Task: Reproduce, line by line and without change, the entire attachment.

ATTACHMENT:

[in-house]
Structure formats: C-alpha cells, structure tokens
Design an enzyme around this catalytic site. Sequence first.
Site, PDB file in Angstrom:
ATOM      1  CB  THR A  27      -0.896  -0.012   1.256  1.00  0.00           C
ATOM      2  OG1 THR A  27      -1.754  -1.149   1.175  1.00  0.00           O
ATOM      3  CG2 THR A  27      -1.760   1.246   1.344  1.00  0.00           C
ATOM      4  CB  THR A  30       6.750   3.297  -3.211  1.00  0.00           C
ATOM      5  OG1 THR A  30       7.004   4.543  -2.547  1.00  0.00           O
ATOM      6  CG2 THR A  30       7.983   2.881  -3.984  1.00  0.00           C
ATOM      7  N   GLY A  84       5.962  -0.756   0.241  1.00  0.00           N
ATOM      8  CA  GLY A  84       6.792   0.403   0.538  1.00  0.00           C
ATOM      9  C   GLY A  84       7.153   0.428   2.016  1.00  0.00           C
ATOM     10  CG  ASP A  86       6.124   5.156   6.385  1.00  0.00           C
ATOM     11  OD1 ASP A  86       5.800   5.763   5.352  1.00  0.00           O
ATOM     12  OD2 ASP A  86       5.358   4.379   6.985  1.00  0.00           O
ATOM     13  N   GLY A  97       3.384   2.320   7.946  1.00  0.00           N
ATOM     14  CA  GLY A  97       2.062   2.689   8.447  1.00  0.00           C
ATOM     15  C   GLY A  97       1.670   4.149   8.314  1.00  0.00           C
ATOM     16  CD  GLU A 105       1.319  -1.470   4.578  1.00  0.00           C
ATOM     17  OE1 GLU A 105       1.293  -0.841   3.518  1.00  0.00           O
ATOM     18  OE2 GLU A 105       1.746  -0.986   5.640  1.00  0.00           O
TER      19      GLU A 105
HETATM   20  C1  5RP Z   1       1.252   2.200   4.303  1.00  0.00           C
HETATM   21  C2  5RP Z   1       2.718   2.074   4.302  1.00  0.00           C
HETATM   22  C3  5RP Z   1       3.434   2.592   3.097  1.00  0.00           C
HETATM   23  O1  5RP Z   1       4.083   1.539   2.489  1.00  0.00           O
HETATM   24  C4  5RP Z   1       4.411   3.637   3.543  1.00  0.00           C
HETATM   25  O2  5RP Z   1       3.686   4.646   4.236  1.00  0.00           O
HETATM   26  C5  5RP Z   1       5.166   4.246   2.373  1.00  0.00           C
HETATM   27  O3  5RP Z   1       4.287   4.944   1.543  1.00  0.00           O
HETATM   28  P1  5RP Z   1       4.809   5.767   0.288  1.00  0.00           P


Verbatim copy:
[in-house]
Structure formats: C-alpha cells, structure tokens
Design an enzyme around this catalytic site. Sequence first.
Site, PDB file in Angstrom:
ATOM      1  CB  THR A  27      -0.896  -0.012   1.256  1.00  0.00           C
ATOM      2  OG1 THR A  27      -1.754  -1.149   1.175  1.00  0.00           O
ATOM      3  CG2 THR A  27      -1.760   1.246   1.344  1.00  0.00           C
ATOM      4  CB  THR A  30       6.750   3.297  -3.211  1.00  0.00           C
ATOM      5  OG1 THR A  30       7.004   4.543  -2.547  1.00  0.00           O
ATOM      6  CG2 THR A  30       7.983   2.881  -3.984  1.00  0.00           C
ATOM      7  N   GLY A  84       5.962  -0.756   0.241  1.00  0.00           N
ATOM      8  CA  GLY A  84       6.792   0.403   0.538  1.00  0.00           C
ATOM      9  C   GLY A  84       7.153   0.428   2.016  1.00  0.00           C
ATOM     10  CG  ASP A  86       6.124   5.156   6.385  1.00  0.00           C
ATOM     11  OD1 ASP A  86       5.800   5.763   5.352  1.00  0.00           O
ATOM     12  OD2 ASP A  86       5.358   4.379   6.985  1.00  0.00           O
ATOM     13  N   GLY A  97       3.384   2.320   7.946  1.00  0.00           N
ATOM     14  CA  GLY A  97       2.062   2.689   8.447  1.00  0.00           C
ATOM     15  C   GLY A  97       1.670   4.149   8.314  1.00  0.00           C
ATOM     16  CD  GLU A 105       1.319  -1.470   4.578  1.00  0.00           C
ATOM     17  OE1 GLU A 105       1.293  -0.841   3.518  1.00  0.00           O
ATOM     18  OE2 GLU A 105       1.746  -0.986   5.640  1.00  0.00           O
TER      19      GLU A 105
HETATM   20  C1  5RP Z   1       1.252   2.200   4.303  1.00  0.00           C
HETATM   21  C2  5RP Z   1       2.718   2.074   4.302  1.00  0.00           C
HETATM   22  C3  5RP Z   1       3.434   2.592   3.097  1.00  0.00           C
HETATM   23  O1  5RP Z   1       4.083   1.539   2.489  1.00  0.00           O
HETATM   24  C4  5RP Z   1       4.411   3.637   3.543  1.00  0.00           C
HETATM   25  O2  5RP Z   1       3.686   4.646   4.236  1.00  0.00           O
HETATM   26  C5  5RP Z   1       5.166   4.246   2.373  1.00  0.00           C
HETATM   27  O3  5RP Z   1       4.287   4.944   1.543  1.00  0.00           O
HETATM   28  P1  5RP Z   1       4.809   5.767   0.288  1.00  0.00           P